RECIPE: FerMENTORS Series – The Rare Barrel 3


The early days of American wild and sour beer brewing were full of hearsay and guesswork, as Americans paid homage to centuries of European mixed culture brewing.

Out of that darkness came Jay Goodwin, Co-Founder and CEO of The Rare Barrel, whose show The Sour Hour interviewed the most talented and knowledgeable people in the industry.

Armed with heaps of knowledge and years of experience, The Rare Barrel continues to innovate in modern sour beer brewing. Bootleg is honored to release The Rare Barrel’s house culture on the masses.

This unique blend of Sacch, Brett and lactic acid bacteria cultures is lead by a classic bubblegum and clove Belgian saison strain and big tropical fruit and pineapple producing Brett culture. Acidity is reliably controlled by different levels of IBUs.

According to Cellar Manager Tommy Kim, The Rare Barrel’s main recipe for wort production has changed throughout the years and is rarely the same batch to batch. The recipe below is good representation of a classic Rare Barrel recipe.


Starting Gravity: 12 Plato (1.050)

MALT
70% Base Malt (Weyermann Pilsner or Rahr Standard 2-Row)
12% Malted Wheat (Gambrinus or Rahr)
6% Spelt Malt (Weyermann)
6% Vienna (Weyermann)
6% Flaked Oats (Grain Millers)

 

HOPS
Based on hop variety preference. A small boil addition of a low-AA hop to inhibit bacteria
0-5 IBU range: Should acidify within the first two weeks of fermentation.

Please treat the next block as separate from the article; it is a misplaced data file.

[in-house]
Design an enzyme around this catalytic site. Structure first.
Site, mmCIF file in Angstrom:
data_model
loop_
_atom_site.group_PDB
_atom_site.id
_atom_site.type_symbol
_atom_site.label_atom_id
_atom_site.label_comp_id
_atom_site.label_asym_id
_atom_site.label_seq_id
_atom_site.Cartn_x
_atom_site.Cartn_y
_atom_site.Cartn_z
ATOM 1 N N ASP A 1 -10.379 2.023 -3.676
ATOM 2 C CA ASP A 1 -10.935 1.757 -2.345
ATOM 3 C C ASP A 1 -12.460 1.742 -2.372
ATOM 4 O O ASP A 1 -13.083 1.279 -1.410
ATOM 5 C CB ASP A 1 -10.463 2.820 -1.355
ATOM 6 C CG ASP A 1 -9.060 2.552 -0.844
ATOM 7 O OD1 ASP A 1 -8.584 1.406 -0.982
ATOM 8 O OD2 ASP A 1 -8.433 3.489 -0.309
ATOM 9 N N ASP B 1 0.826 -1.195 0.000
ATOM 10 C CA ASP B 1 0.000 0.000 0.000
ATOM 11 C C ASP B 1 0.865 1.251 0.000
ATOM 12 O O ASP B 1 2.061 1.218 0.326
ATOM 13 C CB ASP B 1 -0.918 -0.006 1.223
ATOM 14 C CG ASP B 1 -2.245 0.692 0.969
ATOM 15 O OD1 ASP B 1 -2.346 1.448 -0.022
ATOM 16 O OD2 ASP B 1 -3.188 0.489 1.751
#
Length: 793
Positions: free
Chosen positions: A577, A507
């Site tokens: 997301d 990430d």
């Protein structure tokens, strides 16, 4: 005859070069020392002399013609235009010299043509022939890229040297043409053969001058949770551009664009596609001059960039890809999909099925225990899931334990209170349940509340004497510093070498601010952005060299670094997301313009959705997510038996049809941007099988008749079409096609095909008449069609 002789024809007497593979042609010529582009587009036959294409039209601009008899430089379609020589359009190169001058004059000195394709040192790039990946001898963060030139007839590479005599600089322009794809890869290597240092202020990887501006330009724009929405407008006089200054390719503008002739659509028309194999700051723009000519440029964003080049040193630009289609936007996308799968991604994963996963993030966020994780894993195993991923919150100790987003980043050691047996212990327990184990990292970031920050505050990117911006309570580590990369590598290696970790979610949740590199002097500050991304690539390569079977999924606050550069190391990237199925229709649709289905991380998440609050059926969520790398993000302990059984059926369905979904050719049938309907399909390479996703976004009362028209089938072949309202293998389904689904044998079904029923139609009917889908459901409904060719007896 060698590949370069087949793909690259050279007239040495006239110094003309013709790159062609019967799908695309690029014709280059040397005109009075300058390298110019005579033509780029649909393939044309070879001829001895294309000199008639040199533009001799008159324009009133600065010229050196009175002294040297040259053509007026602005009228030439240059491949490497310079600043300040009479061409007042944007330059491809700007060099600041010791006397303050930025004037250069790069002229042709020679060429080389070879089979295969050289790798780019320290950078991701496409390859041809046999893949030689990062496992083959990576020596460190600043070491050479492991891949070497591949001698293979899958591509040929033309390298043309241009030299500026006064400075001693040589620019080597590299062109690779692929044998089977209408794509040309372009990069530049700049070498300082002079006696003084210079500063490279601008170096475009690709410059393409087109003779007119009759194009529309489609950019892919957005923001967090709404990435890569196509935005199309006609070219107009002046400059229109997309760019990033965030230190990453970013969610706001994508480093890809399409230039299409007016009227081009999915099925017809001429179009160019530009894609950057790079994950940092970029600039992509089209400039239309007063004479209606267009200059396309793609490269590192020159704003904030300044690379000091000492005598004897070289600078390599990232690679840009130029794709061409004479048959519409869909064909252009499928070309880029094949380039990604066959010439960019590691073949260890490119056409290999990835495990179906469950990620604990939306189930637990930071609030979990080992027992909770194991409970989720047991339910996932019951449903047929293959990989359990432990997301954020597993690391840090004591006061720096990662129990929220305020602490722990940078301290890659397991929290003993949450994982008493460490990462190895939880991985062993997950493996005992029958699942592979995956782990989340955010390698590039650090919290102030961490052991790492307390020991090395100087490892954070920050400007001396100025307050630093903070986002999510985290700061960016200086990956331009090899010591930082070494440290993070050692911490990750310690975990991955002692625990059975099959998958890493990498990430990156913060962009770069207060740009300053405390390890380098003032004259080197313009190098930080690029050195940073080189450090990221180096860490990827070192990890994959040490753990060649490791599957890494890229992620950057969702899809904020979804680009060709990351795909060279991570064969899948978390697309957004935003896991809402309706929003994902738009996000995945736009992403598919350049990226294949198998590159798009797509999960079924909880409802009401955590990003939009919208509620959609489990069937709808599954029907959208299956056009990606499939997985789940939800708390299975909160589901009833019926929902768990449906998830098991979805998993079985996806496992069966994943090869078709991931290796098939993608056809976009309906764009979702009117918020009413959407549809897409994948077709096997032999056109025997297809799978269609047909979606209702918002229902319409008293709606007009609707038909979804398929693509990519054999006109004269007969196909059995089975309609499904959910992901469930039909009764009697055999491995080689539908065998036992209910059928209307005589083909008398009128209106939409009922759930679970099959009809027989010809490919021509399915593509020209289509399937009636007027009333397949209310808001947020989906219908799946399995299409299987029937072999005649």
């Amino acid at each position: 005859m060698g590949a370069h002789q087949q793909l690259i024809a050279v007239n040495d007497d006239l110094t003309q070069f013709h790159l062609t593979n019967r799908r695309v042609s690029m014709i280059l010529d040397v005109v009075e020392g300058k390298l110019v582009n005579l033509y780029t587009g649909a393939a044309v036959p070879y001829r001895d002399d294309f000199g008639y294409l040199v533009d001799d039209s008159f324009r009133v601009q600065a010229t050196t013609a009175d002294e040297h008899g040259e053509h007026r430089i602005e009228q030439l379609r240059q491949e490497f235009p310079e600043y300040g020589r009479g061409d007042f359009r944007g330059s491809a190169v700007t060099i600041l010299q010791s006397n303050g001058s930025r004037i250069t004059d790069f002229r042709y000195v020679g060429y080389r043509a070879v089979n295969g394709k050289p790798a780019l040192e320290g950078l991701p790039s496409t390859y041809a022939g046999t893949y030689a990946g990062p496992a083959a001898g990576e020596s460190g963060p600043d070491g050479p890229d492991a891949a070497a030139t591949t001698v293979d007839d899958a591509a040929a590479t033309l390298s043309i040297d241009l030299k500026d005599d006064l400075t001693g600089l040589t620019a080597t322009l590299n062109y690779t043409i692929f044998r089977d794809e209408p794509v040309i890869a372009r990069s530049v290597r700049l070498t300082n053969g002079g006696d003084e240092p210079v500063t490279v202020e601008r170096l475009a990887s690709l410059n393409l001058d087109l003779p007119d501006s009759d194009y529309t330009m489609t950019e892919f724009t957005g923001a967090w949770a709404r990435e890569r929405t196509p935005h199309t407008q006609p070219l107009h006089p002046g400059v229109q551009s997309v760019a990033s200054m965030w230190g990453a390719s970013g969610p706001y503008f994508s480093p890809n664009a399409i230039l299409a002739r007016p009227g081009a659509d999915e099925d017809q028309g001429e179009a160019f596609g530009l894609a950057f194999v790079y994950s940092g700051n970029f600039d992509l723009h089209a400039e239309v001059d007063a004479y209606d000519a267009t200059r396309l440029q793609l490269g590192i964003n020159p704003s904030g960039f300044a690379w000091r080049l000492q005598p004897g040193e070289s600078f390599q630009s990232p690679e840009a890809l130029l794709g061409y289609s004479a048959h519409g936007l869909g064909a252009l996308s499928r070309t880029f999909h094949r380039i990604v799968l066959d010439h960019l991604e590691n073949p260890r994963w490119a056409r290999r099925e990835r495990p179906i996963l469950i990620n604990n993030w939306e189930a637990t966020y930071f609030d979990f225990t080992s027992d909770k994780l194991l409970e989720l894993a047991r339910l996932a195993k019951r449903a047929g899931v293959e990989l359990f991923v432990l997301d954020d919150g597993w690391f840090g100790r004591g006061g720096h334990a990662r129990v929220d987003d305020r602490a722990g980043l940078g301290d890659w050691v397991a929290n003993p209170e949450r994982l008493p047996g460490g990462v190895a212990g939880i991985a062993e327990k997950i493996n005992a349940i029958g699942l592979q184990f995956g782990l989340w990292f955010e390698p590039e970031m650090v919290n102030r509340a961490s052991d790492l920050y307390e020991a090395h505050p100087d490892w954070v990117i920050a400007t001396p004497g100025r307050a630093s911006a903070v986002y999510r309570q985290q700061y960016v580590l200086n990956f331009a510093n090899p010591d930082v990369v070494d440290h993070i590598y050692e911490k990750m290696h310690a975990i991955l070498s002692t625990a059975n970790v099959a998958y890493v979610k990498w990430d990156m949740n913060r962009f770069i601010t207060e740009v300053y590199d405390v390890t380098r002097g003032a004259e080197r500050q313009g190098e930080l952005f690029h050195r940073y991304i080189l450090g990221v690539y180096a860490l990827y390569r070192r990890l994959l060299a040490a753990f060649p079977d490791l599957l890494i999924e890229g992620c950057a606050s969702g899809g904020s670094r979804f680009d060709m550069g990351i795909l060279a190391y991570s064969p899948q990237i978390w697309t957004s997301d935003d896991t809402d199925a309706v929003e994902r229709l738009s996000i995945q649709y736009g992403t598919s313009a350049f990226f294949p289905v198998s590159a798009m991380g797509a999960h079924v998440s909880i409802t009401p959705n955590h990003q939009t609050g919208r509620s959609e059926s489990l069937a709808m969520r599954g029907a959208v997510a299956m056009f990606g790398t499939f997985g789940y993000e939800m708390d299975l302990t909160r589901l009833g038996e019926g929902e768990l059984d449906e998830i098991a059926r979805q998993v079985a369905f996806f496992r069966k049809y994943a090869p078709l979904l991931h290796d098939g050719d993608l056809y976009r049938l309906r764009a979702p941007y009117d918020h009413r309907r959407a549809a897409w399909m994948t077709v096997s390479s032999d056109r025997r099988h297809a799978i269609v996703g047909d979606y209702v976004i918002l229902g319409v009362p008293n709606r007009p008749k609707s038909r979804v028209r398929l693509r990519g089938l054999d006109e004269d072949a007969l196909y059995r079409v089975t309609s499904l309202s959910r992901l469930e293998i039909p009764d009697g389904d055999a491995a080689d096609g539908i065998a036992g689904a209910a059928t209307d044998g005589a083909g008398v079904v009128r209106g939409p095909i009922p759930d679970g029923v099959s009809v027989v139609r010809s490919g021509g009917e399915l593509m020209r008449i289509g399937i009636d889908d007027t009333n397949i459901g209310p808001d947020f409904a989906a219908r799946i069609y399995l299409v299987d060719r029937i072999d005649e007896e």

5-15 IBU range: Should acidify within a couple of months.
15-30 IBU range: May take as long as 3-6 months to fully acidify.

 

YEAST

 

Pitch between 68-70 F and let free rise to 72F. Once it reaches 40% attenuation, allow fermentation temperature to rise to 75F until reaching a stable gravity close to 1.5 Plato (1.006).
When used as a secondary culture after a Sacch primary fermentation, acidification typically occurs within 6 months.

About Jeff Mello

Chief Yeast Wrangler @bootlegbiology. I play with yeast so you don't have to. You may have already met my beard.

Leave a comment

Your email address will not be published.

3 thoughts on “RECIPE: FerMENTORS Series – The Rare Barrel

  • Darren Vaughn

    Hello, I’m using rare barrel as a secondary fermentation in a 10 gallon oak barrel. I used a saison recipe I liked, and set IBUs for 6 months maturation. It’s now in final weeks. Tasting great. My question, I keep my barrel topped up into the bung. And I top it up once a month. It looses about 24 ounces a month. The barrel is stored indoors, temp 65-75F. I topped it recently and noticed a pelice trying/beginning to form. Should I be concerned? And should I continue topping it up also. I spray starsan on bung before pulling it, and apply again before sealing it up. Thanks!

    • Jeff Mello Post author

      Hey Darren! I would probably only worry about topping up that size barrel every 3 to 6 months. Volume loss is pretty natural with wood aging. A pellicle forms in the presence of oxygen. It’s possible when the bung is being removed oxygen is getting into the beer. Probably not the end of the world if the beer isn’t tasting acetic. You can try pushing CO2 into the top of the barrel after removing the bung or ensuring fermentation kicks off again if topping up.

      • Darren Vaughn

        Okay thanks! I’m thinking I’ll change the IBU, maturation to 3 months instead of 6 after this. I didn’t think about the introduction of finished beer still fermenting with this culture. My FG was 1.010, with anticipating a new finish of 1.005 with the rare barrel culture. Thank you very much! Cheers!